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Two-factor authentication grows up

With an increasingly dispersed work force attempting to access business critical applications from a central site and the security of these actions based on an often all-too simple password, it's no wonder that some administrators feel nervous about network security. Fortunately, if you are looking for added security for remote users accessing your network, there are technologies that can help.

Two-factor authentication remains one of the most secure ways to extend access to remote employees. Simply put, the two factors are something the user knows -- a password -- and either something they have -- a token, a mobile phone or even their own PC -- or something they are -- biometrics. Deciding to invest in this technology has a lot to do with how secure you need your network to be and whether remote employees understand this and consent to a retinal scan every time they log on. Of course, the use of two-factor authentication doesn't need to be that extreme or that expensive.

Before the technology caught up with the concept, the major stumbling block of two-factor authentication was the need for extra hardware. If every remote user needs a card reader the cost and inconvenience of two-factor authentication begins to outweigh the benefits.

So now the main competition between two-factor authentication vendors, is how to make the second factor as convenient and inexpensive as possible. The main goal is to eliminate the need for extraneous hardware. A USB-compatible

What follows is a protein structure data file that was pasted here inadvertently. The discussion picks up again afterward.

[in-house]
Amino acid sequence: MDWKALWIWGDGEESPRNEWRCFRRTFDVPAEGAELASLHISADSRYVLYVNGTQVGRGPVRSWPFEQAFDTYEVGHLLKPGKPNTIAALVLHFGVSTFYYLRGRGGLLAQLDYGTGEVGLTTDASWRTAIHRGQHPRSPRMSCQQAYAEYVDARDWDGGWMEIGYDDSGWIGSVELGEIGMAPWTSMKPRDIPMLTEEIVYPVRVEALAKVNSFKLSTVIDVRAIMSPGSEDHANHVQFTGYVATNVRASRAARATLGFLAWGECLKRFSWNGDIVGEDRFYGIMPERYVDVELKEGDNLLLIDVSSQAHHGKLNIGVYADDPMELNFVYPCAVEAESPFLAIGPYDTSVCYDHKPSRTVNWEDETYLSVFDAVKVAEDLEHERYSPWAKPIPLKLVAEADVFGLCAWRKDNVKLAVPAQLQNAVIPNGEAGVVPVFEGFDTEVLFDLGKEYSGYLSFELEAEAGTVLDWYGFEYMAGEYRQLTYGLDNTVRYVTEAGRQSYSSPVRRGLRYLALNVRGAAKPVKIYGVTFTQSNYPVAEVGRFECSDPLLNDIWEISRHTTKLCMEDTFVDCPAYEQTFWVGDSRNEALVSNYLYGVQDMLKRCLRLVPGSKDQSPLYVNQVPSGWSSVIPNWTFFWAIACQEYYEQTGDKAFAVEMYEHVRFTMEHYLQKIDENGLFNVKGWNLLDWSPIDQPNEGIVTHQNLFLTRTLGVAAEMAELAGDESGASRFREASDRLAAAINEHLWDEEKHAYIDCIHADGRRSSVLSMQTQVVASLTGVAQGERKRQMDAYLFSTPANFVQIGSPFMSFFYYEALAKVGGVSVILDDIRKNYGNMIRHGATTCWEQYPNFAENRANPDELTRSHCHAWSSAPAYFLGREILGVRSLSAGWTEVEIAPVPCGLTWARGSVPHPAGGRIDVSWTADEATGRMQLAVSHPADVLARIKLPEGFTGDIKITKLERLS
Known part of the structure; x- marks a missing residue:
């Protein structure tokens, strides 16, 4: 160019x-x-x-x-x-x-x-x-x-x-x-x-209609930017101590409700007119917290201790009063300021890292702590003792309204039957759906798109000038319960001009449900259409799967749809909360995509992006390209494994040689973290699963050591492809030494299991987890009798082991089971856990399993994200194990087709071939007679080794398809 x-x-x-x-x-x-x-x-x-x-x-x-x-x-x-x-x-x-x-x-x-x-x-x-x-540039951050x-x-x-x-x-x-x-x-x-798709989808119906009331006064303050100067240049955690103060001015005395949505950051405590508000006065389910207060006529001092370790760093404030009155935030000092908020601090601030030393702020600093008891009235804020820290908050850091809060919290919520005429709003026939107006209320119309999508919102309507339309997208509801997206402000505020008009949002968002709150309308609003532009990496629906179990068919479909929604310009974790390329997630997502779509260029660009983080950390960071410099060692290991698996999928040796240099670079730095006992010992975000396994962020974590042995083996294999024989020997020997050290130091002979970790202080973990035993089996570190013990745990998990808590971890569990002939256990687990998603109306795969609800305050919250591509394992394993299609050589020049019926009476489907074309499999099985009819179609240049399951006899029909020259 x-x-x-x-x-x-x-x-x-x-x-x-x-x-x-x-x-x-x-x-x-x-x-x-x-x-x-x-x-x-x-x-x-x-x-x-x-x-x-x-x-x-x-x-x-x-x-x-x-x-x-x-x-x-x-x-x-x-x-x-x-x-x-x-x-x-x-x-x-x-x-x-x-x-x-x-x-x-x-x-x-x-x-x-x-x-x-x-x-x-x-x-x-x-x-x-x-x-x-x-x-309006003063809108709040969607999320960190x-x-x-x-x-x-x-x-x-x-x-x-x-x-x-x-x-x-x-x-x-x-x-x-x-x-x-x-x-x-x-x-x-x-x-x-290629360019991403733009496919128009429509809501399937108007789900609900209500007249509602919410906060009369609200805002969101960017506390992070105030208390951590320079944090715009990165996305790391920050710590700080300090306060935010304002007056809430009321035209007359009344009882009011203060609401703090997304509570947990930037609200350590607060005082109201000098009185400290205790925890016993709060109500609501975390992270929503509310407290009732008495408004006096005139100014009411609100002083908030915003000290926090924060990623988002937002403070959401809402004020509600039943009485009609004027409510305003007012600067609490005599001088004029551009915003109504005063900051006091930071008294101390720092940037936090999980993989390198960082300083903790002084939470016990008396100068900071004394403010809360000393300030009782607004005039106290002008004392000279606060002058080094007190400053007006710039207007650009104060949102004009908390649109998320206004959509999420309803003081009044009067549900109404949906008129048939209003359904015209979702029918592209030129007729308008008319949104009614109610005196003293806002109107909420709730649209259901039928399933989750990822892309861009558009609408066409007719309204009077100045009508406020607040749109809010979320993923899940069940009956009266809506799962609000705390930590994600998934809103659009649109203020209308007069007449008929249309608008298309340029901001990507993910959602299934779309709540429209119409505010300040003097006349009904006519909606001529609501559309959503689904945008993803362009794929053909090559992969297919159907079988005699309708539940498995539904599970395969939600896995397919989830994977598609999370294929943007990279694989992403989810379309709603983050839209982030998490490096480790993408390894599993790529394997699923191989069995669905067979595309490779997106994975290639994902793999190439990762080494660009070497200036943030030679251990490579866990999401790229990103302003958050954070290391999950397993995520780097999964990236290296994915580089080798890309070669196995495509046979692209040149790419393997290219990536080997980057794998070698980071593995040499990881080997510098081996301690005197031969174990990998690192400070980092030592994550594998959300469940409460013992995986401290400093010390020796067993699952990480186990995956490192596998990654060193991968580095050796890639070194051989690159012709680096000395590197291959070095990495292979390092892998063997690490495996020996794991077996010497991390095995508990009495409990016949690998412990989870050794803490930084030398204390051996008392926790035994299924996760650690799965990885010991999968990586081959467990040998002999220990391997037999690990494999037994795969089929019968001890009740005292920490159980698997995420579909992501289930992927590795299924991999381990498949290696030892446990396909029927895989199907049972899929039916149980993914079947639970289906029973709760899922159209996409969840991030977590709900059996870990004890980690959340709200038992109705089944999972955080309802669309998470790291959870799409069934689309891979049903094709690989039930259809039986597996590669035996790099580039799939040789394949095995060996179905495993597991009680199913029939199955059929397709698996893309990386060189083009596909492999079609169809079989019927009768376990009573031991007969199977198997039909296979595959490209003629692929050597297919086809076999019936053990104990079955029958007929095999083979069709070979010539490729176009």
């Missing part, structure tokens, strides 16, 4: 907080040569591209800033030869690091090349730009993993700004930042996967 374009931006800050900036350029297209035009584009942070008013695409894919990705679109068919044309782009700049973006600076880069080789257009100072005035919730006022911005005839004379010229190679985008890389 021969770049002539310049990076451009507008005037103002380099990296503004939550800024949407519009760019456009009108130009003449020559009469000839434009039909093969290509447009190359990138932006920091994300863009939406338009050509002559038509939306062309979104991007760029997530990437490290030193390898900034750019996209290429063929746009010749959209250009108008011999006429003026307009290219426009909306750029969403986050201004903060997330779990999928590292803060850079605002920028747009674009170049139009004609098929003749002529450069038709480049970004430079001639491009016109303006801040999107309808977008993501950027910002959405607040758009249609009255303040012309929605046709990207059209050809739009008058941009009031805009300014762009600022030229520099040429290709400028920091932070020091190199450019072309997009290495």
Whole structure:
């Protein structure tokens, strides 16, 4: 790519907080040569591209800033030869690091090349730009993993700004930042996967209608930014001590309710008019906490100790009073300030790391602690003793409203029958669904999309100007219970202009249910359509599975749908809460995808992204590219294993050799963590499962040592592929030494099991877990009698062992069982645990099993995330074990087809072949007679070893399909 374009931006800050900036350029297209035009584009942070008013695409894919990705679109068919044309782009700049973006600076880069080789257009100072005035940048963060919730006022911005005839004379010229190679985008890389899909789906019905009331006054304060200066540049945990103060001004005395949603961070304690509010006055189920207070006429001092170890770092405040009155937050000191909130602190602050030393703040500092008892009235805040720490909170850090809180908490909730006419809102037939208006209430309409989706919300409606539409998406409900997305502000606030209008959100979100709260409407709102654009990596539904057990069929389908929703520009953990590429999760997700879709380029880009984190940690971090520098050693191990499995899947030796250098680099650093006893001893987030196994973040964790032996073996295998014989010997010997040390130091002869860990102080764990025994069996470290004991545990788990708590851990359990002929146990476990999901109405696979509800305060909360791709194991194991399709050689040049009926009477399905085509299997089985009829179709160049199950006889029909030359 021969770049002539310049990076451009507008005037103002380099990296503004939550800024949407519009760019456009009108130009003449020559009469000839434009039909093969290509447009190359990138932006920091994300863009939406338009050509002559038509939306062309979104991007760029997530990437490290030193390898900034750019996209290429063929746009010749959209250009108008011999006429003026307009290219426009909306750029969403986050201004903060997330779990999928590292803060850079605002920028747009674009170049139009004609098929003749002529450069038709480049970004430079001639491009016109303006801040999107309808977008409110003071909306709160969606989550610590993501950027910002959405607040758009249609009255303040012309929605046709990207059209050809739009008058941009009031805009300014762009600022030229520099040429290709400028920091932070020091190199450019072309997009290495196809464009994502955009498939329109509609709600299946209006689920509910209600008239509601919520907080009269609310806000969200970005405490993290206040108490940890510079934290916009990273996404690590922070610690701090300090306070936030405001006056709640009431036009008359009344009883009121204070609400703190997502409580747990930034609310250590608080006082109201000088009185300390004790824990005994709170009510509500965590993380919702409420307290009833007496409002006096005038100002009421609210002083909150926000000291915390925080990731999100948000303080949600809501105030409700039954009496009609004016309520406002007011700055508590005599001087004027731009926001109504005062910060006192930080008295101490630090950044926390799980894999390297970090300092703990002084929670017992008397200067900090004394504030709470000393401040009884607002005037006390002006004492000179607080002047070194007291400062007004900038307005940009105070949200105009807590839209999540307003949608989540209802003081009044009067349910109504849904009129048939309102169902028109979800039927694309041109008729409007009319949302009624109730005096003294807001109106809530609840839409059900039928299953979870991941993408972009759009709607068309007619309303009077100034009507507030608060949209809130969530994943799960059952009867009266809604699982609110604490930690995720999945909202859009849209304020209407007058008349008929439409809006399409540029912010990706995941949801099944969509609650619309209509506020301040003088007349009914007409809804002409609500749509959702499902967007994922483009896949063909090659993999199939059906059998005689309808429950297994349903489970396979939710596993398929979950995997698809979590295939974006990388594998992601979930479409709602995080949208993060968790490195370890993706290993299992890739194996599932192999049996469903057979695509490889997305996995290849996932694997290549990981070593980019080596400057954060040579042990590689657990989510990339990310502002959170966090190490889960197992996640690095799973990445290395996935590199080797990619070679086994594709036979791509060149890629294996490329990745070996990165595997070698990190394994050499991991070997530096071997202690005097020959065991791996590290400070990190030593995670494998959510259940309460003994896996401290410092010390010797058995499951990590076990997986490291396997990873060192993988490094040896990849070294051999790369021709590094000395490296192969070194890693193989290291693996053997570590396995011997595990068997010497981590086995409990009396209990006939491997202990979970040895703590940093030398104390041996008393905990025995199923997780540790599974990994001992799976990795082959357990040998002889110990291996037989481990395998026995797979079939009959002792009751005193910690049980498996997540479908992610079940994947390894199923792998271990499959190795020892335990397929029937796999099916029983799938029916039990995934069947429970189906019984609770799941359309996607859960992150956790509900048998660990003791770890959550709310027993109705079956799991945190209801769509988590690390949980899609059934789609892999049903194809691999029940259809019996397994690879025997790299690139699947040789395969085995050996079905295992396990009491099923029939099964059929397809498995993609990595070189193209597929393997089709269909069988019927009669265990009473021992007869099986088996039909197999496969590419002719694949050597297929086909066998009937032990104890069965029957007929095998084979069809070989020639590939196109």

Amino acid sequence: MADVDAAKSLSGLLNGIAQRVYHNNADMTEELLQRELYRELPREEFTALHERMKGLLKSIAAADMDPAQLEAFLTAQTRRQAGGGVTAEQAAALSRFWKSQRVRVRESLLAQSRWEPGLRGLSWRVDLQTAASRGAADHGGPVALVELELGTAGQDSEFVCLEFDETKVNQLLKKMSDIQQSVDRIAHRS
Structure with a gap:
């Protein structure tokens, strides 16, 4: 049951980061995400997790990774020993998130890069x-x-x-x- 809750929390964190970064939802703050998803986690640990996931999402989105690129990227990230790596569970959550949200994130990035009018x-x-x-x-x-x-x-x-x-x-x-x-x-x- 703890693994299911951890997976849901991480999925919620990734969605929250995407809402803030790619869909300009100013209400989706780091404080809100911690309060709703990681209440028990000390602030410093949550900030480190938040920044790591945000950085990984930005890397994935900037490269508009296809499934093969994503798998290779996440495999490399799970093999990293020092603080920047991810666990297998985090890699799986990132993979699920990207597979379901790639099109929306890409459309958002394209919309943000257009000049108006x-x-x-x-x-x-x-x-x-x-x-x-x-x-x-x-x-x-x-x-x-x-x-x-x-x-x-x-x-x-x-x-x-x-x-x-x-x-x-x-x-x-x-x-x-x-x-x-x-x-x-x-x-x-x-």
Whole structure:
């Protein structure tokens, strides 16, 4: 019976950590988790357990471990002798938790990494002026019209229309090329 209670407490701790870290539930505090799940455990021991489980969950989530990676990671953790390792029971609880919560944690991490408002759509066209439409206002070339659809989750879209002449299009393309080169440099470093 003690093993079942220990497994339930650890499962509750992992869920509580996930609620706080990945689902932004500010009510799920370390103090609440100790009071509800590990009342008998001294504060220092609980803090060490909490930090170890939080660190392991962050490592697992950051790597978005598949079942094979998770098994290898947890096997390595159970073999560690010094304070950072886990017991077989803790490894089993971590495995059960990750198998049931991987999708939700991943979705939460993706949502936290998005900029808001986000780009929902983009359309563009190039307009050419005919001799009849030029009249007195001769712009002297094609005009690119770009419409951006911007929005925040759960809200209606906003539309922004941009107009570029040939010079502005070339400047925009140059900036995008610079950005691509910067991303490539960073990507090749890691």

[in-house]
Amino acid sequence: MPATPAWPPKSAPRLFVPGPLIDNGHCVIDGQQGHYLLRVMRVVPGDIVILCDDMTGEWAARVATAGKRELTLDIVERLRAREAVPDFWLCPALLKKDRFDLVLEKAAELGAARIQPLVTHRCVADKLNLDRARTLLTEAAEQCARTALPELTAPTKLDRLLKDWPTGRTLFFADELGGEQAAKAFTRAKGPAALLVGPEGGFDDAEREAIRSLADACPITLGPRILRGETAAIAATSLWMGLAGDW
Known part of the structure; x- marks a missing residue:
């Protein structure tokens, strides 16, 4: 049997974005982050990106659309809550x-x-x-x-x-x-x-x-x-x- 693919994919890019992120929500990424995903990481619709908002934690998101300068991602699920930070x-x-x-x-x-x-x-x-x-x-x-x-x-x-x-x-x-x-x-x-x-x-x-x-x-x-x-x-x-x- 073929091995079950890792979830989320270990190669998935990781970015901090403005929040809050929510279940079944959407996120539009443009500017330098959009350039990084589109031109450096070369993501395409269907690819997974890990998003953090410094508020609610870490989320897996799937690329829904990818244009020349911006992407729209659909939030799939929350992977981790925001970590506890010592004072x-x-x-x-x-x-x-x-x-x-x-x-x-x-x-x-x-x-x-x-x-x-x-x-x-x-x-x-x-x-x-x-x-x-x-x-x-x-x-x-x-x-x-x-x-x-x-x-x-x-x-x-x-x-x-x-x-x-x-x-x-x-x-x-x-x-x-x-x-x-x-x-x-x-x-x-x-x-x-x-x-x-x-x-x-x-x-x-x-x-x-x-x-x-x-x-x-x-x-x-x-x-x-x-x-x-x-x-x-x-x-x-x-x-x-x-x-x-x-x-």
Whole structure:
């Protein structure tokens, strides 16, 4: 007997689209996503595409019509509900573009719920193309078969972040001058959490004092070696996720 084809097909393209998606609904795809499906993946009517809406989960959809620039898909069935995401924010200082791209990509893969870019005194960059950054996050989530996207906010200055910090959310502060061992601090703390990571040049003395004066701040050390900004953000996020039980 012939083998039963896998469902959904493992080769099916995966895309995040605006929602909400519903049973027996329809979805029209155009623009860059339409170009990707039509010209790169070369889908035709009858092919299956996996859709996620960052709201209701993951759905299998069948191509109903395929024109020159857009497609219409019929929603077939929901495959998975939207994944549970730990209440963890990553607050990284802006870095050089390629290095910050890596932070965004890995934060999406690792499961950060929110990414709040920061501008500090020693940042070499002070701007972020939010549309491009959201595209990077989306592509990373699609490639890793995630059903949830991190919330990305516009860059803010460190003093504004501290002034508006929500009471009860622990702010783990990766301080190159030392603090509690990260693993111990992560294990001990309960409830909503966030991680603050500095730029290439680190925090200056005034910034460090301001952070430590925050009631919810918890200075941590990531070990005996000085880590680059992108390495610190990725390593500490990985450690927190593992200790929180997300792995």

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key, for instance, can contain a control device that performs hashing functions, a storage area to store encrypted passwords and can plug into pretty much any piece of hardware. Similar technology is employed in smart cards, but the control device in the key eliminates the need for a card reader.

Other companies are utilizing mobile phones as the second factor of authentication. A user connects to a server with their mobile phone using a username and password, then through text messaging they are delivered a one-time-use access code to access a network. The access code is only viable for short time. Read more about this technology in this ITWorld article.

Another second-factor authentication method involves the use of software installed on a laptop or other mobile computing device that combines with a password to grant access. The computing device itself becomes the token.

There is, of course, much more to the technology that goes into these products, but one of the selling points of most is that they can be integrated seamlessly with existing security systems and are simple to administer. Most can be used in conjunction with VPNs, RAS and support 1024-bit PKI.

Below is a sampling of some of the two-factor authentication vendors grouped by the methods discussed above:

Tokens:
IKey from Rainbow
ASAS from Authenex
ActivCard
eToken from Aladdin

PC as token:
FirstAuthority DeviceConnect from Phoenix Technologies

Mobile phones:
SecureID from RSA
EntAuth


About the author
Benjamin Vigil is a technical editor with SearchSecurity.com.


This was first published in November 2002

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